I’ve been writing notes and sending cards since we’ve been shut away from friends and church family. Sometimes it’s a text message or an email to say, “I’m thinking of you today.” But I’ve also been refilling my supply of stamps and note cards regularly as I send out snail mail.
Last week, I discovered an extra set of stamps that I’d bought long ago and I was so excited about the little unexpected blessing: Stamps when I thought I was almost out of stamps. What a blessing!
It was like waking up to manna or miraculous oil in a near-empty jug or wine overflowing when the wedding feast ran out of wine. All those things.
I happily mailed out a few more cards.
Then this week, my daughter asked me if she could mail some cards also, so I pulled out those extra stamps and saw what I’d missed before: the word “Postcard” in teeny tiny, minuscule letters on the bottom.
That’s why those stamps had been sitting for a good long while. I bought them to mail out a few postcards and the extras just sat and sat.
I’ve been stressing about this for days now. Apparently, I’ve been sending out regular cards with only postcard postage.
Great. Either the cards will return back to me so I can have a re-do (I love a good re-do), or the post office will deliver my cards and actually ask other people to pay the missing postage.
I’d rather the secret re-do option, of course. But I have no power here. I’m at the mercy of the postal service.
So, I wait.
It’s the silliest little mistake, but a mistake I’ve been fretting over nonetheless. That’s partly because all of this coronavirus shifting we’ve been doing has brought so much failing our way to success over here.
We’re doing new things in new ways and that can get messy and exhausting.
Technology alone brings it’s own growing pains. Try this video, this sound, this streaming program, this way of filming, this way of posting. And all along the way we leave a trail of trying, messing up, and trying again.
I also can’t keep my dates straight, at all. I keep thinking Mother’s Day is this week and not next week. The days are just running all together.
All of these mess-ups leave us so tender-hearted. So humbled. How many times can we say the words, “Sorry. That didn’t work. My bad. I missed that. I made a mistake. I used the wrong stamp.?” (I’m still so embarrassed about the stamps.)
But so many of us are in the same place.
That’s the thing.
I’m so compassionate and deeply grateful as I see my kids’ teachers trying so many new things every single day. I think—-thank you, friends, for putting yourself out there for my kids. For getting on Zoom videos and Facebook live posts and whatever else is happening. I know some of them would prefer not to be on a video. I GET that. I don’t want to be in videos either. But they do it anyway.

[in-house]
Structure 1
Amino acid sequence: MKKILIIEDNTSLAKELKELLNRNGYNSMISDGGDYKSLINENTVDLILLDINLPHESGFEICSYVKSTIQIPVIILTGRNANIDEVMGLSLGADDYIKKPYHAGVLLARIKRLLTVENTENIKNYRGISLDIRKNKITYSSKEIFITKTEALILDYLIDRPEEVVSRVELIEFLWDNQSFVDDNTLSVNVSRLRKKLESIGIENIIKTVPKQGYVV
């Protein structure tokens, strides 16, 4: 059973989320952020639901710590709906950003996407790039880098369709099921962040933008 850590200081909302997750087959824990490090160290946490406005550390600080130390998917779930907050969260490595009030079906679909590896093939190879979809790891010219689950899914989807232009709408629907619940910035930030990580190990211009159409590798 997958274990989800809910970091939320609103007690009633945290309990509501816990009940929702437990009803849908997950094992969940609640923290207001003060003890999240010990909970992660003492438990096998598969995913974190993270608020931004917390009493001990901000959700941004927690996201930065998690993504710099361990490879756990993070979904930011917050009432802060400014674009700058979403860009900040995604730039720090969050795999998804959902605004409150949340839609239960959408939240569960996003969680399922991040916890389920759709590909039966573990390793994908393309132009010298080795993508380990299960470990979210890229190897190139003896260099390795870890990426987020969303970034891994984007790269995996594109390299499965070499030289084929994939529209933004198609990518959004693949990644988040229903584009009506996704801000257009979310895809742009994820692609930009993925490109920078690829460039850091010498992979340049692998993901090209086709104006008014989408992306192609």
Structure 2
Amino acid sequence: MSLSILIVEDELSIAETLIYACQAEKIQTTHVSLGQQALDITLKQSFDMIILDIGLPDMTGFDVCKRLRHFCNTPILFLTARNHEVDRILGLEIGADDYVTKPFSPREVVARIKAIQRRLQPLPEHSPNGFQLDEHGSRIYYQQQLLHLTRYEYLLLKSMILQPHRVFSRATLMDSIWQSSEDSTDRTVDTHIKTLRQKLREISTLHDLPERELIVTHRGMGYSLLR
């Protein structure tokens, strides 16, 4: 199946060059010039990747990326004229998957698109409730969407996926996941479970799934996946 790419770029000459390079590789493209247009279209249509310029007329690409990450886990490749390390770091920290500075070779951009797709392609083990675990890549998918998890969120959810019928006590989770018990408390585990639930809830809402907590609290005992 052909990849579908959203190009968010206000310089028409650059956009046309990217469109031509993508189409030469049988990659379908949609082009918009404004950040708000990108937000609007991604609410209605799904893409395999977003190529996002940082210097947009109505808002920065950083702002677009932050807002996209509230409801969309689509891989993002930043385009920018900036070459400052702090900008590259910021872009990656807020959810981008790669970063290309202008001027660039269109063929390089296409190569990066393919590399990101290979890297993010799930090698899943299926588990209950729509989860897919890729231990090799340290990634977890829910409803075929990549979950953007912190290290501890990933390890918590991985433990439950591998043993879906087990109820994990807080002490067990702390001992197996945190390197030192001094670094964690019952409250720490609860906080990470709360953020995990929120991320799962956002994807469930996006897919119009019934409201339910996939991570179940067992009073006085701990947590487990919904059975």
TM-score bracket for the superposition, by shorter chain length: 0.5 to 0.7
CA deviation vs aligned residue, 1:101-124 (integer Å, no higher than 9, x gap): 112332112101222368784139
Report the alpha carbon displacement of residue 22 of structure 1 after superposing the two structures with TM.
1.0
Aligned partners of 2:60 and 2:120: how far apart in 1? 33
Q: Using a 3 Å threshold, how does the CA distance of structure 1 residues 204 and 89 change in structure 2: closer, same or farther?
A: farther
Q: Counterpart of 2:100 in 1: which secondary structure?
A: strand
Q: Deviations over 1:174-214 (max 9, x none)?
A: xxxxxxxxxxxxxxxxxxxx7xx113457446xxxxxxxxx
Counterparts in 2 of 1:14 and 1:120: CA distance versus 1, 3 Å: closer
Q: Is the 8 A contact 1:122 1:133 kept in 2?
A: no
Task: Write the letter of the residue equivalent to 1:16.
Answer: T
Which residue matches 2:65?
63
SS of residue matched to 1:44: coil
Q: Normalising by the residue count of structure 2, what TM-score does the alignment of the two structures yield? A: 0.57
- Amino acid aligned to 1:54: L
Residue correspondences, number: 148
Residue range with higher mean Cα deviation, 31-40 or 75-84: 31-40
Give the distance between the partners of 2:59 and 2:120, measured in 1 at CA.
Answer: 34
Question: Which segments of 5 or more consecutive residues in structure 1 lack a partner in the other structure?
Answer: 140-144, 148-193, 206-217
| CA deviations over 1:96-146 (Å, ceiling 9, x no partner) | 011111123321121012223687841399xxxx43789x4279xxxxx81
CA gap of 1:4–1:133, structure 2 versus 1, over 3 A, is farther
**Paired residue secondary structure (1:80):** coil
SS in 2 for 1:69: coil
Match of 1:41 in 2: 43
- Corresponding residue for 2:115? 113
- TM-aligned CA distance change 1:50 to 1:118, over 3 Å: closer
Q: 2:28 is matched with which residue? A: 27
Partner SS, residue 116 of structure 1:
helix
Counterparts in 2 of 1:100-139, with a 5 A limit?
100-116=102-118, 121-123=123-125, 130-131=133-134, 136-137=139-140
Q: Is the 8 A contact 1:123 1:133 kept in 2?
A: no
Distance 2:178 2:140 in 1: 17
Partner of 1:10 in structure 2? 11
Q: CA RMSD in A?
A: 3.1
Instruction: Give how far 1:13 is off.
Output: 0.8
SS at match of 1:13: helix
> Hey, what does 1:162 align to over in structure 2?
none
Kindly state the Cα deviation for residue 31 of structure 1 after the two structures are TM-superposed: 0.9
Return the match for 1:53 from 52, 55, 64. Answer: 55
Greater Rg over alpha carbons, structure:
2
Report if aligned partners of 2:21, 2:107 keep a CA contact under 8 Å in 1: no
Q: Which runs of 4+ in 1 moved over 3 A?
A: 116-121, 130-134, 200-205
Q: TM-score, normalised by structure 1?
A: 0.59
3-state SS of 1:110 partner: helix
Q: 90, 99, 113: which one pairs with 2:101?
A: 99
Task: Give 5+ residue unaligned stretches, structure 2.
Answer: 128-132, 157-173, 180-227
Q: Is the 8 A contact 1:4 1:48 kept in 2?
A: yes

Then there are days the sound doesn’t work or the screen is backwards or the link they thought they posted didn’t post or didn’t work or whatever whatever. I feel like saying, “Solidarity, my friend! I am with you. We are all trying so hard and it’s imperfect and messy, but we’re genuine and humbled and real and just making it through.”
We can shake off the old, the broken, the mistake-ridden the failure and the mess up because we have this grace: We can try again.
And, even if a new days is full of new mistakes, Jesus isn’t giving up on me or on any of us.
I read this promise in Scripture:
While the earth remains, seedtime and harvest, cold and heat, summer and winter, day and night, shall not cease (Genesis 8:22 ESV).
The rhythms of creation itself are a reassurance of the rhythm of grace.
Day and night come ceaselessly. I will wake up to a new day, a fresh start, an opportunity to try again and maybe even get it right this time (and to buy new stamps.)
More than that, whole seasons come and go with certainty.
One bad year of planting isn’t the end. One season of hard soil, no rain, or destruction from storms and pests isn’t the end.
Spring comes anew and I can plow the field fresh, drop the seeds into the earth, and look forward to a better harvest.
The failures of one day, one moment even, are only permanent if I choose to give up instead of going forward.
Fresh starts and new beginnings: That’s what God promises us, season after season, day after day.